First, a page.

Freestanding cookers are not designed to be integrated into the kitchen units and are freestanding on the kitchen floor, consisting of one or two ovens, a grill and an integrated hob or set of burners. Most manufacturers recommend that there should be a gap of at least 5cm around any freestanding cooker. They are often less expensive than built in cookers and can be moved out of place easier for cleaning. Freestanding cookers can use gas, electricity or dual fuel as a fuel source. They usually come in widths of 50cm or 60cm and many freestanding cookers have integrated splash-backs to prevent food from going onto the back wall.
Dual fuel cookers are cookers which uses electric for the oven and grill and gas, either bottled or mains, for the burners. They are a popular choice as many users prefer the better heat distribution of a gas burner together with an electric oven. Dual fuel cookers are available in many widths, 50cm, 60cm and the larger range cookers.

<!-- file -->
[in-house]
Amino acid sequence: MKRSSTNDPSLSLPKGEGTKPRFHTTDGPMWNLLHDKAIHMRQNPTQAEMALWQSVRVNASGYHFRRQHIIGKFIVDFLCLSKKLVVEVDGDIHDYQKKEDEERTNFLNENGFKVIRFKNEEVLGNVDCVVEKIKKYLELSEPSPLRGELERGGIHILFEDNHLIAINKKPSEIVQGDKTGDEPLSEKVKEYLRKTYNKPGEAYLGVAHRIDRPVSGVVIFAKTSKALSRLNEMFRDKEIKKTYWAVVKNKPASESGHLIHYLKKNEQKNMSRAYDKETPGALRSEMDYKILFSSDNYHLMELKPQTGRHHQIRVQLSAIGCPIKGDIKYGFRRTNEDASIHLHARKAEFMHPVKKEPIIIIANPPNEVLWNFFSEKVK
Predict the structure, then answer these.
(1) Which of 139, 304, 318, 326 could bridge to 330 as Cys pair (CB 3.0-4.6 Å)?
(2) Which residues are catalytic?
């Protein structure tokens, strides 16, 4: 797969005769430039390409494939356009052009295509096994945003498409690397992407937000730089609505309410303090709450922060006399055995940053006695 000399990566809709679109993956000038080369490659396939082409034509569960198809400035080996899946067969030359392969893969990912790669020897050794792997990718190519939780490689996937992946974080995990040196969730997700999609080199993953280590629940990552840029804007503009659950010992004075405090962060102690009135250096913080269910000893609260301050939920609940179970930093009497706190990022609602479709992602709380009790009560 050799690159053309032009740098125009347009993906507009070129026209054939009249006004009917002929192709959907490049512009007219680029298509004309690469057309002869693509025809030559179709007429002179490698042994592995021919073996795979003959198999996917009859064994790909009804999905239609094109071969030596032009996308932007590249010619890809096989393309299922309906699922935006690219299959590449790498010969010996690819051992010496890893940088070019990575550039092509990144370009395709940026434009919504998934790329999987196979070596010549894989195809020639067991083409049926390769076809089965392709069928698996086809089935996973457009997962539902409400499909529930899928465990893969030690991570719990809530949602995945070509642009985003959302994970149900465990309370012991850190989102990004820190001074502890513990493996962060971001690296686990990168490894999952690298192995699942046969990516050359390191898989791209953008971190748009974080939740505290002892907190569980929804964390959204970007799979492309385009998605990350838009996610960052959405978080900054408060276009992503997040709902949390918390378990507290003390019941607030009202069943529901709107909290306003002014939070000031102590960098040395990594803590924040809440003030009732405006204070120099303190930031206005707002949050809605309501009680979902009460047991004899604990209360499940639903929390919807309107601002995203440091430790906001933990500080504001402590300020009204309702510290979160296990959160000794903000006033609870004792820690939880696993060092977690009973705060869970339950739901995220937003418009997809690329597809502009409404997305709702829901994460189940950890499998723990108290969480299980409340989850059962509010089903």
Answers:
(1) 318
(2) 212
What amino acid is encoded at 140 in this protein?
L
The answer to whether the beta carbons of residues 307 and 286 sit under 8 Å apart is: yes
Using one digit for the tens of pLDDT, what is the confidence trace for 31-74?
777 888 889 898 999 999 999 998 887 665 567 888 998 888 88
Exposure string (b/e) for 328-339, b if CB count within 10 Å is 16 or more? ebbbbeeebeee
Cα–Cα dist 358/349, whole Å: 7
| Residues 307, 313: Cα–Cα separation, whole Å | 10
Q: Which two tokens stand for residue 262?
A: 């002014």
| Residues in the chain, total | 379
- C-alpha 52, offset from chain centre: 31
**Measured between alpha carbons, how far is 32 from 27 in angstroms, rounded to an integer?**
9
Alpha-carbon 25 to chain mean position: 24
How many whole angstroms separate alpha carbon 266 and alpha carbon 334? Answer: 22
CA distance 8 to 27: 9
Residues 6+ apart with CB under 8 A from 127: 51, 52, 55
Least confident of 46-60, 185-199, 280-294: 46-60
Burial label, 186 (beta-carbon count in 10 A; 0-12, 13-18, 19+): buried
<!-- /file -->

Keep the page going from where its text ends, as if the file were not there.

Built in cookers are integrated into the kitchen units for a more co-ordinated design. Built in cookers usually consist of an electric oven which is integrated into the kitchen units plus a hob or set of burners which is purchased and installed separately. Built in cookers can use gas, electricity or dual fuel as a fuel source. There are both single oven and double oven built in cookers, with a standard width of 60cm.
LPG cookers are any type of gas cooker which uses LPG (Liquefied petroleum gas) as its source of fuel rather than natural gas cookers which use mains gas. There is little difference in terms of cooking performance, the only real visible difference being how the gas is delivered. LPG comes in bottles which have to be changed whenever they are empty, whereas the natural gas is pumped in by the gas company through the mains. However, many households may not be able to install a mains gas connection due to their location.